Pam Berry

A leading Oxford University scientist is helping to set out how the British countryside is responding to climate change.

Dr Pam Berry is on the working group of senior scientists developing a series of 'Report Cards' that summarise the emerging themes from hundreds of scientific studies to provide an overview of key trends. The first of the series is being published tomorrow on the website of Living With Environmental Change Partnership – a group of organisations concerned with the funding and use of environmental research.

The Report Cards are a series of click-through online reports that will advise government policy makers, land managers, environmental consultants and researchers about current evidence and climate change adaptation and mitigation.

Dr Pam Berry is a senior research fellow at the Environmental Change Institute and also an Honorary Vice President of BBOWT (Berkshire, Buckinghamshire and Oxfordshire Wildlife Trust). As a leading expert on the effects of climate change on biodiversity in the UK, Dr Berry has co-authored research in the Report Cards about the likely effect of climate change on the UK's amphibians and reptiles.

She said: 'Understanding the current and potential future impacts of climate change on species and habitats is an important first step to taking appropriate conservation action. The Report Card will give an indication of how our wildlife might change in the future and where action might be most needed.

'Modelling has suggested that climate change could have little impact on species such as the common toad, but it could pose a threat to several British reptile and amphibian species, including the adder and common frog. As well as having to cope with climate change, these species and others are facing a number of other challenges, including a shrinking habitat.'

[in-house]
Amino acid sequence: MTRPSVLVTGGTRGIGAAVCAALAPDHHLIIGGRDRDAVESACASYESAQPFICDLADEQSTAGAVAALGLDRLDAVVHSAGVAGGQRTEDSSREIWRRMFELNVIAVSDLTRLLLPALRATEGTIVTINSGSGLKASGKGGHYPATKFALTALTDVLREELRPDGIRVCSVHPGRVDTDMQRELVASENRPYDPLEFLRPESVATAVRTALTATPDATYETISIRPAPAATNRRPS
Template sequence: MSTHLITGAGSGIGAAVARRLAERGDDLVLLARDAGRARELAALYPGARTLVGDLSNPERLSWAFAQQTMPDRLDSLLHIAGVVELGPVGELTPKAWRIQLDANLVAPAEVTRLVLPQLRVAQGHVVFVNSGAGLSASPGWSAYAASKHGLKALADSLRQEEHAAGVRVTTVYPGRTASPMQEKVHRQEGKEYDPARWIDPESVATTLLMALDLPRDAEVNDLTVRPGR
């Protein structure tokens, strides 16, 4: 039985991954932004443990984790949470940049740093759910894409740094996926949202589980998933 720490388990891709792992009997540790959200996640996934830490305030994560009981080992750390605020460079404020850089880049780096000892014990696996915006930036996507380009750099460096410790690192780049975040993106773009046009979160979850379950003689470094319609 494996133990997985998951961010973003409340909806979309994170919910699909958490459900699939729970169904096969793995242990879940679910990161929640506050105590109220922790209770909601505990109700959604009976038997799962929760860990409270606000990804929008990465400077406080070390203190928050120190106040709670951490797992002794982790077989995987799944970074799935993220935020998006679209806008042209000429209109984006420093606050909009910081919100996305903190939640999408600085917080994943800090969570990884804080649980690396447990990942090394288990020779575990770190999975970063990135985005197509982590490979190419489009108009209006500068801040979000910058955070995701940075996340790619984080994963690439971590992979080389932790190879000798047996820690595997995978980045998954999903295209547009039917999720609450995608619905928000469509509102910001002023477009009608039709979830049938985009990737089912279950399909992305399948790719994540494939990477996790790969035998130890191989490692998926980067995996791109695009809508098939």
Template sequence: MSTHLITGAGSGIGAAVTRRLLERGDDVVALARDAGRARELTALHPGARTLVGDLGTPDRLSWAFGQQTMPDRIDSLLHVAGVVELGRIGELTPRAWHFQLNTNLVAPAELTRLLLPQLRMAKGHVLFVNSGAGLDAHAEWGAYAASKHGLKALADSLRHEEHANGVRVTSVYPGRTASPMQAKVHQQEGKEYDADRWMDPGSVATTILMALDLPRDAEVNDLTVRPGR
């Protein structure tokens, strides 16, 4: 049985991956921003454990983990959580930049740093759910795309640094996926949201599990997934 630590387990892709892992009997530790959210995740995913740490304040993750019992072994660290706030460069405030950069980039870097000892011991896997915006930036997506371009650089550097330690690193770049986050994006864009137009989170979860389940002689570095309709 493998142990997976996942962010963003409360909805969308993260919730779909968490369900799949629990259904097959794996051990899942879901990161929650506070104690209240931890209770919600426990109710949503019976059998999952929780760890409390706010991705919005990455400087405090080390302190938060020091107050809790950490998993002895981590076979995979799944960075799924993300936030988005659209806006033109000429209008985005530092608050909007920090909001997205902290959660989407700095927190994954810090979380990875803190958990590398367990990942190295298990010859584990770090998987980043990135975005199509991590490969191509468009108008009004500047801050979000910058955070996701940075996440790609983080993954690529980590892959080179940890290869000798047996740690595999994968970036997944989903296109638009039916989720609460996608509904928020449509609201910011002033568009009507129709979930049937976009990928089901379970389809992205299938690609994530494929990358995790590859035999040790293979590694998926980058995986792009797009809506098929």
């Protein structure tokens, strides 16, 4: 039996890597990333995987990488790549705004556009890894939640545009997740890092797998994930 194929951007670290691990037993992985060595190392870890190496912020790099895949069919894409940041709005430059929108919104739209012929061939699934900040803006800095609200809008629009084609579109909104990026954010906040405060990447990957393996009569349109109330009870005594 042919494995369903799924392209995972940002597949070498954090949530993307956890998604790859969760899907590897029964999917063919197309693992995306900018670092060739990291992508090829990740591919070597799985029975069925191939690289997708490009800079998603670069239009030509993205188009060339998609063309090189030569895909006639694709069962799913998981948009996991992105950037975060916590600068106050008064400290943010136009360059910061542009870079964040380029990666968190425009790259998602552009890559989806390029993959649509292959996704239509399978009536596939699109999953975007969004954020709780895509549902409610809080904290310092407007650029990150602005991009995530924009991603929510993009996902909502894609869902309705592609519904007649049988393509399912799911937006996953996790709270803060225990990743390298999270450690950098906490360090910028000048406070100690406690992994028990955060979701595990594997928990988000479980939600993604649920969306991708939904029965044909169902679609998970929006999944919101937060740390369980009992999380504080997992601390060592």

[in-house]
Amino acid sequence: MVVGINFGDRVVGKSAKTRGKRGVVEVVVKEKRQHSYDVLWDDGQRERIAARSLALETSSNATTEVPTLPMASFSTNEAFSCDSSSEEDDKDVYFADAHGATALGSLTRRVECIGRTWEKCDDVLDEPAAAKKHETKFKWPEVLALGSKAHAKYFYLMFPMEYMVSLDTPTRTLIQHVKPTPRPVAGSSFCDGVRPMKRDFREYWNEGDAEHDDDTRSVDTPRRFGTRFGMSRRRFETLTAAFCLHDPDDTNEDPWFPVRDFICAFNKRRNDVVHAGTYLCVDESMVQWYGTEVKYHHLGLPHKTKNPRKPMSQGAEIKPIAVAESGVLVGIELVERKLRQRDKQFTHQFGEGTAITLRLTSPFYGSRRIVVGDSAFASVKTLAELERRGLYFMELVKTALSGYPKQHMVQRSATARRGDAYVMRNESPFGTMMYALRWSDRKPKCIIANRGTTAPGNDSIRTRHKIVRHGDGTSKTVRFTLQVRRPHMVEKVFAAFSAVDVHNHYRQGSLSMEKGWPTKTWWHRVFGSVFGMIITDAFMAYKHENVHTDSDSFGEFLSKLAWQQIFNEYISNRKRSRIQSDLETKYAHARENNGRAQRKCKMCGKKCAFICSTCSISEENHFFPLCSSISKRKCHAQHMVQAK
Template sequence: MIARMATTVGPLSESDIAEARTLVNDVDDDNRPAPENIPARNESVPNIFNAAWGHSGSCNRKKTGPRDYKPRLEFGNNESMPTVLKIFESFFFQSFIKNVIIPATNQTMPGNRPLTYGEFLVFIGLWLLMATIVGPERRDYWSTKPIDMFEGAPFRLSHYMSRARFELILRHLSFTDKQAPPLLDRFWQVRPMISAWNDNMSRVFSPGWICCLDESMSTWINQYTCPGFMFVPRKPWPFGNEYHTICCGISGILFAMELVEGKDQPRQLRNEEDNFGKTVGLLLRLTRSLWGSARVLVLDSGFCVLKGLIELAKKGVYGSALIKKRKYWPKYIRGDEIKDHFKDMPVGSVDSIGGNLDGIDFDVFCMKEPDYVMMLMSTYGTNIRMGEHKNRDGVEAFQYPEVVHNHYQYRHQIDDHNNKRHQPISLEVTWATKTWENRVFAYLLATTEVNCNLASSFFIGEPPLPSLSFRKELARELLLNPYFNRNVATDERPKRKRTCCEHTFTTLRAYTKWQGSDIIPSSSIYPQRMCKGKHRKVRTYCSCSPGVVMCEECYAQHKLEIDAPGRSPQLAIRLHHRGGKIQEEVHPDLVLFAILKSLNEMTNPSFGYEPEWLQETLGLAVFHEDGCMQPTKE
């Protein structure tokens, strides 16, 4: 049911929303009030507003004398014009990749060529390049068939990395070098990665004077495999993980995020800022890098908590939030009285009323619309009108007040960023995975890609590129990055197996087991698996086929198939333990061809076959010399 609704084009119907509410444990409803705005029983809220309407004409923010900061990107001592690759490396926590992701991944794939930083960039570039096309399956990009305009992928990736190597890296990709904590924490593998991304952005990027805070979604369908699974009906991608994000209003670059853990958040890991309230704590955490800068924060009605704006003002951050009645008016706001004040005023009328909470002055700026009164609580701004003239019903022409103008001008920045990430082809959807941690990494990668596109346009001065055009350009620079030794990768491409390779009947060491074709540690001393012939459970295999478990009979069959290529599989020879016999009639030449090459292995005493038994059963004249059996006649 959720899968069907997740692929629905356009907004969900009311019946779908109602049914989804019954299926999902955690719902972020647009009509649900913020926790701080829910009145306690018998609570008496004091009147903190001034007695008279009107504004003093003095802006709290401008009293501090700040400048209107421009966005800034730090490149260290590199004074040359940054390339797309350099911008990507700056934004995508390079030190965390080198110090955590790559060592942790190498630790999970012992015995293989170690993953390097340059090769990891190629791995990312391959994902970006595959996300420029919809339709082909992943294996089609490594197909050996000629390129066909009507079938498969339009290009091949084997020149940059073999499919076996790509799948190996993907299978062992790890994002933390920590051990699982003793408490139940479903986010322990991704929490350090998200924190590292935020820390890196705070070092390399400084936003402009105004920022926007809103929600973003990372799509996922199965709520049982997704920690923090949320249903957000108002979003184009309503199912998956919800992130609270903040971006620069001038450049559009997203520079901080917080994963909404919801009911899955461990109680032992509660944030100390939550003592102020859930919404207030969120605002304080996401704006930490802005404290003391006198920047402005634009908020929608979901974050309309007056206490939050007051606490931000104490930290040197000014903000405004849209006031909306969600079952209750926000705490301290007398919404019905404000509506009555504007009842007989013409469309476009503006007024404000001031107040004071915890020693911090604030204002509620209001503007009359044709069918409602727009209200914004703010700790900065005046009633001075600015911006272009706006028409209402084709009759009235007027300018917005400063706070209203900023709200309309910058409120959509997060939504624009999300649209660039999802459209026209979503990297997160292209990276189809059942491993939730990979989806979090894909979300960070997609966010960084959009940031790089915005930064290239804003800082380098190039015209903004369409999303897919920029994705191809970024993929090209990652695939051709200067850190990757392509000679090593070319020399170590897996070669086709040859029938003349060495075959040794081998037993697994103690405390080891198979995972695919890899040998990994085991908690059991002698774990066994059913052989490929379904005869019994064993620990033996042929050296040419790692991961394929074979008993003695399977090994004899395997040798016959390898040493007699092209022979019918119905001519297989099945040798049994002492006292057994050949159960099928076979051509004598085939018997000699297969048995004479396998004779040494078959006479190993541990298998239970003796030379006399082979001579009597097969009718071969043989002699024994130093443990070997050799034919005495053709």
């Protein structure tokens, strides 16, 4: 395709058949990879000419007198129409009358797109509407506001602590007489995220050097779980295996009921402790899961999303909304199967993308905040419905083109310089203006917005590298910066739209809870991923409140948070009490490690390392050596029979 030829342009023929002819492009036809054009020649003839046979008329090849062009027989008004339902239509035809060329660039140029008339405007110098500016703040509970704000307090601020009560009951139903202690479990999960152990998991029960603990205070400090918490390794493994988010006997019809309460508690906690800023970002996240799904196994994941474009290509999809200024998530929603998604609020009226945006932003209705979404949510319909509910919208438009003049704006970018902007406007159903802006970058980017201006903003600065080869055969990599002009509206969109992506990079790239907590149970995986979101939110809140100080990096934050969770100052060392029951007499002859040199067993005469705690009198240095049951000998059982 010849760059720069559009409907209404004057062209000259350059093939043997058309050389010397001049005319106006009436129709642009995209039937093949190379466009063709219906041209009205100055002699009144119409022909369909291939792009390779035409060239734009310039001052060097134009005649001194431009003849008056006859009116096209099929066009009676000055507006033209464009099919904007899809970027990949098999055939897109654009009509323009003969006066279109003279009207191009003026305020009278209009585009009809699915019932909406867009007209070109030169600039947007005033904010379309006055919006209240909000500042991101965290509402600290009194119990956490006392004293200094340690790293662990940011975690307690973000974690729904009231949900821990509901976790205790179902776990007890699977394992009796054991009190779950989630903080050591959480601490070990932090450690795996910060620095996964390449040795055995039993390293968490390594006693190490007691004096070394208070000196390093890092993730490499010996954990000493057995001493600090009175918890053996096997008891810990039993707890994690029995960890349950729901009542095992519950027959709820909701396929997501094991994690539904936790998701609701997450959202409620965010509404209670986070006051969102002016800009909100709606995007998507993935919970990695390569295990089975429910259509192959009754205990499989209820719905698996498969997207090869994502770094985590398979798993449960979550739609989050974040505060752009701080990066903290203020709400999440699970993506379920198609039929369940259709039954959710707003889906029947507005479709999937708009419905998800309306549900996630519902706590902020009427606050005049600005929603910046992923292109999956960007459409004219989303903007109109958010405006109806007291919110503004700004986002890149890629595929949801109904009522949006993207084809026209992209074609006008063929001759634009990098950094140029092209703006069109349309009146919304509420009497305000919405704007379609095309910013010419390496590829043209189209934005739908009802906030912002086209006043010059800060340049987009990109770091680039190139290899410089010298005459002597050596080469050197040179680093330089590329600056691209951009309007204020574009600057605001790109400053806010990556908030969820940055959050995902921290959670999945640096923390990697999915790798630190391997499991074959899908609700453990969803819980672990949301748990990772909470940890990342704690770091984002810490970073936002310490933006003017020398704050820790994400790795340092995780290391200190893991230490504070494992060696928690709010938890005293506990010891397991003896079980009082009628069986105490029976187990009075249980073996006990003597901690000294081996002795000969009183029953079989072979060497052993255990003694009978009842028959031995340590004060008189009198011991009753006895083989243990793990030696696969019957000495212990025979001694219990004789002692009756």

The Report Cards outline a number of large-scale trends and regional variations. One startling statistic is the sharp decline in wildfowl and wading birds wintering in the UK. Surveys carried out between the winters of 1997/8 and 2007/8 show that there has been a 44 per cent decline in the number of Bewick's swans in the UK as the birds travel further north and east to other parts of Europe. This is partly due to winter warming although some land-use change may also be responsible, the research suggests.

Other species to have moved northwards or to higher ground include dragonflies and the bee orchid, which have expanded their range in Britain. However, other northern and upland species, such as the mountain ringlet butterfly, are experiencing a diminishing habitat.

The Report Cards warn of the risk of new pests and diseases, for instance, the oak processionary moth whose caterpillars can cause respiratory problems in humans is now colonising and spreading in the UK.

The project is managed by Natural England, working with the Environment Agency and the Living with Environmental Change Partnership. It was funded by Defra (Department for Environment, Food and Rural Affairs) and NERC (Natural Environment Research Council). 

The first report, published tomorrow, has been compiled by Britain's top 40 environmental scientists and 20 different research and conservation organisations.

The Report Cards can be downloaded from the Living With Environmental Change website.